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Ghana To Fight Swine Flu
 
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29-Jul-2009  
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As part of Ghana's preparedness to address an outbreak of AH1N1 popularly known as swine influenza, a communication strategic plan has been developed to ensure effective and efficient co-ordination between stakeholders in the event of the epidemic. The plan, which would also promote key behaviours that will reduce the risk of transmission, generate increased awareness, build pandemic influenza and build knowledge, would also improve on the existing communication component of the National Action Plan for Human Pandemic Influenza.

Speaking at a stakeholders' workshop on the pandemic flu communication strategy, in Accra, Dr George Amofa, a Deputy Director-General of the Ghana Health Service (GHS) said the pandemic was a looming catastrophe, which should not be ignored. He said the pandemic, which had claimed about 1,000 lives worldwide would need human and material resources to fight it. The communication plan, which was in a draft form, was jointly prepared by the GHS, UNICEF, WHO, National Disaster Management Organisation, Ministry of Information and the Ministry of Food and Agriculture, which formed the national communications sub-committee. The plan's thematic areas are communication, surveillance, prevention and containment, planning and co-ordination and human response.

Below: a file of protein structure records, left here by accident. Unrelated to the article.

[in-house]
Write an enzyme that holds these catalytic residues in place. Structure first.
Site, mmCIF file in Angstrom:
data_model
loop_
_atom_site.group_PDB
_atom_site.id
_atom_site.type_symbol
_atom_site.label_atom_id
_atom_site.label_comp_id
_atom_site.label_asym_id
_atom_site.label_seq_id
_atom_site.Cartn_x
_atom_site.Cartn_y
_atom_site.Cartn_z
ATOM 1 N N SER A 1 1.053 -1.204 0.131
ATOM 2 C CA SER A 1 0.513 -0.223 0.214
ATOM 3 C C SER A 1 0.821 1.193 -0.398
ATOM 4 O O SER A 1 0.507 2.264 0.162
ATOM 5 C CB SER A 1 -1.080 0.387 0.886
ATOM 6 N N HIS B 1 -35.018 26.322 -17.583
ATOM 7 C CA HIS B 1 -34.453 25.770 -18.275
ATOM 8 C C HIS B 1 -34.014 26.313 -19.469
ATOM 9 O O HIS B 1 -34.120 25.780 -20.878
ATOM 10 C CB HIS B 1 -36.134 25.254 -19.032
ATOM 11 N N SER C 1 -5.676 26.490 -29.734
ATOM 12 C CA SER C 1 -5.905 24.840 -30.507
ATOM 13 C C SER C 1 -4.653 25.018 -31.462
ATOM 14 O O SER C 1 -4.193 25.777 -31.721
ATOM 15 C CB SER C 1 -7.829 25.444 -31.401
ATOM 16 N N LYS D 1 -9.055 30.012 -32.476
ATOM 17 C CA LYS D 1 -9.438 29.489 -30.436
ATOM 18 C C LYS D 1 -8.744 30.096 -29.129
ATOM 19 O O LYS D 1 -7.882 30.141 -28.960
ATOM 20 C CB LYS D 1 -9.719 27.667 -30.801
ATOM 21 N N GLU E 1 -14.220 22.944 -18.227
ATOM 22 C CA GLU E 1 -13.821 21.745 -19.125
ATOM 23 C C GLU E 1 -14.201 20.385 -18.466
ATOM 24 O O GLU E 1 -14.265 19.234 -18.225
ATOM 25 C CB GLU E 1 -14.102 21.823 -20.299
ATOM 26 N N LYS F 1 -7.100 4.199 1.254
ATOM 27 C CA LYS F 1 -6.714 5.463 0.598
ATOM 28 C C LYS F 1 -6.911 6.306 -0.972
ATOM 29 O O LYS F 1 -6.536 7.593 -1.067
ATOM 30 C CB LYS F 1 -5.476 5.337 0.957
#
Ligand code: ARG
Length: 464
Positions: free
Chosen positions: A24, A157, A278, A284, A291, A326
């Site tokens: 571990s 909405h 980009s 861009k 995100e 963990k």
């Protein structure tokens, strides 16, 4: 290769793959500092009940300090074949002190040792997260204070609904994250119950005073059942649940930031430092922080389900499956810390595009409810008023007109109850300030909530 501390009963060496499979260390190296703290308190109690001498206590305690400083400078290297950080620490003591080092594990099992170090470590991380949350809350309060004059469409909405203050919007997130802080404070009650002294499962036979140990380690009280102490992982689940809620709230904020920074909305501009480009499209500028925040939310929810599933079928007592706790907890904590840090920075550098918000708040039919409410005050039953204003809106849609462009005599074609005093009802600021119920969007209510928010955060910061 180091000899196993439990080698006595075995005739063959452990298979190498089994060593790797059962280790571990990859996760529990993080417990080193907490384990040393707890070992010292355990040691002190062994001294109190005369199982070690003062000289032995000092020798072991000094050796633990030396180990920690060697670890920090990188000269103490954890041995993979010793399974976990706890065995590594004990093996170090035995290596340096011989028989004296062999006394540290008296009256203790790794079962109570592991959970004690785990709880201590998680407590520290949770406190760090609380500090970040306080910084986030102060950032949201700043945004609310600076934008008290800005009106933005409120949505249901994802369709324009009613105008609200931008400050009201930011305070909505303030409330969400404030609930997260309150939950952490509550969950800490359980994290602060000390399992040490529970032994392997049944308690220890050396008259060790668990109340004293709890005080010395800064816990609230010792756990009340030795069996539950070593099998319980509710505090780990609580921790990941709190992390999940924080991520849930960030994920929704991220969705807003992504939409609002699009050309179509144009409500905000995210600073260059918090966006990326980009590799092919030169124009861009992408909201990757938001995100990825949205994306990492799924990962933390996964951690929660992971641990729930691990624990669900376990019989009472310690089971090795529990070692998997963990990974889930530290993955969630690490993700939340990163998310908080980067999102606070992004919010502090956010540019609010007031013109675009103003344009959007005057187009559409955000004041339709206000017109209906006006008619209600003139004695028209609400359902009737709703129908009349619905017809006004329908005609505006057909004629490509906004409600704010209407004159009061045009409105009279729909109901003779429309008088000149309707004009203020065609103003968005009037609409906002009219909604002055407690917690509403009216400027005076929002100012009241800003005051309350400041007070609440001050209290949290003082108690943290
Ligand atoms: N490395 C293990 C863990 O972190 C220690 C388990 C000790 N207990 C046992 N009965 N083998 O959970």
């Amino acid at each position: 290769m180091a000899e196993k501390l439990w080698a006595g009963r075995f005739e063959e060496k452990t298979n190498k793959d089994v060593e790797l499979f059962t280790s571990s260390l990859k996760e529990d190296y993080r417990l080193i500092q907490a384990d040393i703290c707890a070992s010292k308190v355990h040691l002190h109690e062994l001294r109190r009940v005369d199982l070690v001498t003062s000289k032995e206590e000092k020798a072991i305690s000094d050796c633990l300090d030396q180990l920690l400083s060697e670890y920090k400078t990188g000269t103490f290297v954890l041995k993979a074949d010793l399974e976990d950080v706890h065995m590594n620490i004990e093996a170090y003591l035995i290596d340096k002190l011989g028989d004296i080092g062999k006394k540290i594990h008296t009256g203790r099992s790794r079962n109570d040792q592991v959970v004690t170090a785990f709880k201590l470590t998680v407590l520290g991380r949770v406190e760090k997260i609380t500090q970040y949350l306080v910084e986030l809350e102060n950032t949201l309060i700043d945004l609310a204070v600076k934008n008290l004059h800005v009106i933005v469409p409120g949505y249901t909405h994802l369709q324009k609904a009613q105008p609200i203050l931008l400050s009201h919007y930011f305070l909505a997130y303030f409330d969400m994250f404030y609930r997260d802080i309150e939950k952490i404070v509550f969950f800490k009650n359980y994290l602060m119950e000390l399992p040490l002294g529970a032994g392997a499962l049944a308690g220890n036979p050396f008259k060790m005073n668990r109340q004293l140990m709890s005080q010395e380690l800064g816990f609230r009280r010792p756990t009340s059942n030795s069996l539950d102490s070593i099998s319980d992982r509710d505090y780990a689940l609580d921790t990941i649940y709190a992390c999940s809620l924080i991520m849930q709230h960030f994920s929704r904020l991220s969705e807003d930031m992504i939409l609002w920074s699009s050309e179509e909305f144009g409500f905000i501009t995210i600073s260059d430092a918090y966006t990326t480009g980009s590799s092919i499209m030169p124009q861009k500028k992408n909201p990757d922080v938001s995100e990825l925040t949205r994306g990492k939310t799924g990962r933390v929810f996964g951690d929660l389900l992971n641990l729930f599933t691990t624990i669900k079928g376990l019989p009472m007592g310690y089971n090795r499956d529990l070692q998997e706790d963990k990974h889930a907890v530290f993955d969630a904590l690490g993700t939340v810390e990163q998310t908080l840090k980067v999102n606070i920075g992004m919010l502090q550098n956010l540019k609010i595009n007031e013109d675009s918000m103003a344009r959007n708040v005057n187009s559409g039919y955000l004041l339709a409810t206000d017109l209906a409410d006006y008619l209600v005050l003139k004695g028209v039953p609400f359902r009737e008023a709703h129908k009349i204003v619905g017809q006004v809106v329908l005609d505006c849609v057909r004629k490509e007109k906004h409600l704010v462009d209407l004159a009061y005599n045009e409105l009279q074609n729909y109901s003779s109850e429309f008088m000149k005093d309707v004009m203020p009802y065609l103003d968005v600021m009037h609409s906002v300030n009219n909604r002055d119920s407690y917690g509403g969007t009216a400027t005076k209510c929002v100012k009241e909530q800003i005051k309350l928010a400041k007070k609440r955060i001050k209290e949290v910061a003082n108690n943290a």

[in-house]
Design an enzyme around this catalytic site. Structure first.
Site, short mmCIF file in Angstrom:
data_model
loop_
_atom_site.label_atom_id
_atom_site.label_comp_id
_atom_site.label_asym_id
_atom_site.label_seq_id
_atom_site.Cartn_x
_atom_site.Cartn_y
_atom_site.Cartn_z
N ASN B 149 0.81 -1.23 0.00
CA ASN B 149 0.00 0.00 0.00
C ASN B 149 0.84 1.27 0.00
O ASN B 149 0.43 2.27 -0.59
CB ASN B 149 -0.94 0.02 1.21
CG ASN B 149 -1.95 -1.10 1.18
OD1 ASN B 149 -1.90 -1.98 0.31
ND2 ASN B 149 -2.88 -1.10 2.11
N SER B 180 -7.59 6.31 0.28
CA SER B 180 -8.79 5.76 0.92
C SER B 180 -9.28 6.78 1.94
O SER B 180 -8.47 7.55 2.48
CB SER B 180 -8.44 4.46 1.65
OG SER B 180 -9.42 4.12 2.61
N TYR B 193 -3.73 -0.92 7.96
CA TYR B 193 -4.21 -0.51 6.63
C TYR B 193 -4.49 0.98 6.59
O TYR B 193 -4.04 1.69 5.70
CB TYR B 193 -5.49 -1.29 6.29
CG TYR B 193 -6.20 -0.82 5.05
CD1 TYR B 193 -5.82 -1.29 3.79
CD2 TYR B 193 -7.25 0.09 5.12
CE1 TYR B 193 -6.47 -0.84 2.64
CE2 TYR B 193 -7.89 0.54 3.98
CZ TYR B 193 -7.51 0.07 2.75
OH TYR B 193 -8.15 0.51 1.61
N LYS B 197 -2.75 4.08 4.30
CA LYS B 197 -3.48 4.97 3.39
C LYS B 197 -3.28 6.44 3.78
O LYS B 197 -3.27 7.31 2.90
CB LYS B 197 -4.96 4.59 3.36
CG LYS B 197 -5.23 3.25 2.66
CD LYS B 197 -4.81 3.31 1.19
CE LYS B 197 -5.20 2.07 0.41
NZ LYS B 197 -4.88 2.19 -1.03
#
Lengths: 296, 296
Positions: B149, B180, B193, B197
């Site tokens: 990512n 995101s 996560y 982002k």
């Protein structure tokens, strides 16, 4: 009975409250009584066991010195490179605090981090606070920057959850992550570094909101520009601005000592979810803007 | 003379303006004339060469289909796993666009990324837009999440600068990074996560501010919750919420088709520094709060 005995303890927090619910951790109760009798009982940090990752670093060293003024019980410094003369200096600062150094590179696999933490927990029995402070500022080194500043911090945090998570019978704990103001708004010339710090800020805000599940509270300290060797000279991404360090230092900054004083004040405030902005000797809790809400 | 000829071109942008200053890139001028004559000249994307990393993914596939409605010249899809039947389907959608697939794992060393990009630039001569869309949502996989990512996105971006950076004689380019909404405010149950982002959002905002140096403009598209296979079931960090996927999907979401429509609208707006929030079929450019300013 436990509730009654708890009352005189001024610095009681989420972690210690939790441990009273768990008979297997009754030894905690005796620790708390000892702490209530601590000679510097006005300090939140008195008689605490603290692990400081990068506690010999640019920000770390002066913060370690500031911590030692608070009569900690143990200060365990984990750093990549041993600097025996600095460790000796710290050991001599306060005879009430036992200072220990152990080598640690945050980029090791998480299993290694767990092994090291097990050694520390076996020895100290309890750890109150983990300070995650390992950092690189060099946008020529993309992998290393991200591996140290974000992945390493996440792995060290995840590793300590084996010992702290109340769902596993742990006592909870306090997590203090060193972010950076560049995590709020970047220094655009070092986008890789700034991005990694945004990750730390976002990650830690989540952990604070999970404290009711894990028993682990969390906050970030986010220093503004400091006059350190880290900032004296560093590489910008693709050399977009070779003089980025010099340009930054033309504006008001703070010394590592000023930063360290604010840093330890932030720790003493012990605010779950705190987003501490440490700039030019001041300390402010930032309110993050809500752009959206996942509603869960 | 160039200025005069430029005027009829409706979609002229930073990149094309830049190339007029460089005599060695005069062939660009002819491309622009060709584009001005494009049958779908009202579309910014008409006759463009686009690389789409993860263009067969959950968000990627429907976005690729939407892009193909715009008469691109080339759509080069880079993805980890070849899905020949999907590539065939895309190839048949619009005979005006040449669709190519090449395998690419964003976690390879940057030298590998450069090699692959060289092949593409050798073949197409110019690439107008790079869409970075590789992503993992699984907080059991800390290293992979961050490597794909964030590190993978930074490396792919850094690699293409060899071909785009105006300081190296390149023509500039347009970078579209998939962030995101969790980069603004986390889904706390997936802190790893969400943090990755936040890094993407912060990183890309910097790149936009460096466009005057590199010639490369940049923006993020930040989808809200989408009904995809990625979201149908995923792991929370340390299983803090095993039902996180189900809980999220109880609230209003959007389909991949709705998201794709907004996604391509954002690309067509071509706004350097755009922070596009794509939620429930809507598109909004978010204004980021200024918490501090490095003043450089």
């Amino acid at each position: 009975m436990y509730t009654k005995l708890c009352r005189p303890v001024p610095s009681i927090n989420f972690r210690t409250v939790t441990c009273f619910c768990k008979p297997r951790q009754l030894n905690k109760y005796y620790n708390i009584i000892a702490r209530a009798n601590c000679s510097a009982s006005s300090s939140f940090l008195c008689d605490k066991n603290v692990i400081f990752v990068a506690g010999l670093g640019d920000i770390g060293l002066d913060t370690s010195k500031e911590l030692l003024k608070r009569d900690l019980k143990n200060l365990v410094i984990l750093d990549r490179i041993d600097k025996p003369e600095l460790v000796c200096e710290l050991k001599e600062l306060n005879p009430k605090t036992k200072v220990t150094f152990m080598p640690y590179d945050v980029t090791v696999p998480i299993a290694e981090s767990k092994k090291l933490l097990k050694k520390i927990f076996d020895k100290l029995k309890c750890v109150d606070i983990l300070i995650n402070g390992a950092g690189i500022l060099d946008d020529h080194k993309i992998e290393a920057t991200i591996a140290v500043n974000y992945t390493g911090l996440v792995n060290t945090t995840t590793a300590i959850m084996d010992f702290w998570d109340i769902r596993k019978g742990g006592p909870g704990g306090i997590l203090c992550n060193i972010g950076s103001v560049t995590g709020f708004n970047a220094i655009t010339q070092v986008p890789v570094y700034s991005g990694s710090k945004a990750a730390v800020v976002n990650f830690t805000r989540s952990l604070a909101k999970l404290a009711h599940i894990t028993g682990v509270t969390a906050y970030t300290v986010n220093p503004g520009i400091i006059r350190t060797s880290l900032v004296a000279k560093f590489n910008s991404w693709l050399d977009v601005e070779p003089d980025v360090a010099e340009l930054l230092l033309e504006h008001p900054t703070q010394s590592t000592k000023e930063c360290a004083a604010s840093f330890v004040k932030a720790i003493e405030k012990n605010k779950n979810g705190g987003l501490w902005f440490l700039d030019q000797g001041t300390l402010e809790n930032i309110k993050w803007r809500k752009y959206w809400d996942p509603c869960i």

Dr Amofa noted that Nogouchi Memorial Institute for Medical Research has been strengthened whilst teams from the regional and teaching hospitals and some selected medical facilities have been trained for case management. Dr Lawson Ahadzie, Head of Disease Surveillance Department of the GHS, said vaccine trials were underway in affected countries to find out the efficacy and side effects of the medical product for general use. He noted that communication is the backbone to mitigate the pandemic and called for an effective tool that would be used by all stakeholders. The disease presents itself like a common cold with cough, sore throat, fever, catarrh, general weakness, body ache and headache and sometimes vomiting or diarrhoea and may lead to severe pneumonia with difficulty in breathing, rapid breathing and chest pain.
 
 
 
Source: GNA
 
 

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